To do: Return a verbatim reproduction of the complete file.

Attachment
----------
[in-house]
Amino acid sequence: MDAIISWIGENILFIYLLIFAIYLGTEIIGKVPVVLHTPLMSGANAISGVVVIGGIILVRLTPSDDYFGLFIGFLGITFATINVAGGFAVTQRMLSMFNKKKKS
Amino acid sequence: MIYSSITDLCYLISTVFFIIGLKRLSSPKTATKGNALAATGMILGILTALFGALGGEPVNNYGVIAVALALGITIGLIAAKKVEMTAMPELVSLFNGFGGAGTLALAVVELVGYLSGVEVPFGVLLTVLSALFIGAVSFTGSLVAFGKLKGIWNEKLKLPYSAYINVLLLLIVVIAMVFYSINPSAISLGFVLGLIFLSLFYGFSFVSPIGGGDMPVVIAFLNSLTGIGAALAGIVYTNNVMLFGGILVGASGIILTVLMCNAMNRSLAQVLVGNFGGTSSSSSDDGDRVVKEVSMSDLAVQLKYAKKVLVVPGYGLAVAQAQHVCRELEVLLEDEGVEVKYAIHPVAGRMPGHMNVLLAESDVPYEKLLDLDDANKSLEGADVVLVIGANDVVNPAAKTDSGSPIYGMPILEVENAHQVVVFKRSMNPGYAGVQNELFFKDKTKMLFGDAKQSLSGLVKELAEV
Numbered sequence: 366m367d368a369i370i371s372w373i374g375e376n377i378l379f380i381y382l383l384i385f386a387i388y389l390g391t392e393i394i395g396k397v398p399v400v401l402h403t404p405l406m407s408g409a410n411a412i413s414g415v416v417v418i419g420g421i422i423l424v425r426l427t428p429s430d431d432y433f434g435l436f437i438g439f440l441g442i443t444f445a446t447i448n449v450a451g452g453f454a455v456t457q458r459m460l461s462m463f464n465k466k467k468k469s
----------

[in-house]
Amino acid sequence: MDAIISWIGENILFIYLLIFAIYLGTEIIGKVPVVLHTPLMSGANAISGVVVIGGIILVRLTPSDDYFGLFIGFLGITFATINVAGGFAVTQRMLSMFNKKKKS
Amino acid sequence: MIYSSITDLCYLISTVFFIIGLKRLSSPKTATKGNALAATGMILGILTALFGALGGEPVNNYGVIAVALALGITIGLIAAKKVEMTAMPELVSLFNGFGGAGTLALAVVELVGYLSGVEVPFGVLLTVLSALFIGAVSFTGSLVAFGKLKGIWNEKLKLPYSAYINVLLLLIVVIAMVFYSINPSAISLGFVLGLIFLSLFYGFSFVSPIGGGDMPVVIAFLNSLTGIGAALAGIVYTNNVMLFGGILVGASGIILTVLMCNAMNRSLAQVLVGNFGGTSSSSSDDGDRVVKEVSMSDLAVQLKYAKKVLVVPGYGLAVAQAQHVCRELEVLLEDEGVEVKYAIHPVAGRMPGHMNVLLAESDVPYEKLLDLDDANKSLEGADVVLVIGANDVVNPAAKTDSGSPIYGMPILEVENAHQVVVFKRSMNPGYAGVQNELFFKDKTKMLFGDAKQSLSGLVKELAEV
Numbered sequence: 366m367d368a369i370i371s372w373i374g375e376n377i378l379f380i381y382l383l384i385f386a387i388y389l390g391t392e393i394i395g396k397v398p399v400v401l402h403t404p405l406m407s408g409a410n411a412i413s414g415v416v417v418i419g420g421i422i423l424v425r426l427t428p429s430d431d432y433f434g435l436f437i438g439f440l441g442i443t444f445a446t447i448n449v450a451g452g453f454a455v456t457q458r459m460l461s462m463f464n465k466k467k468k469s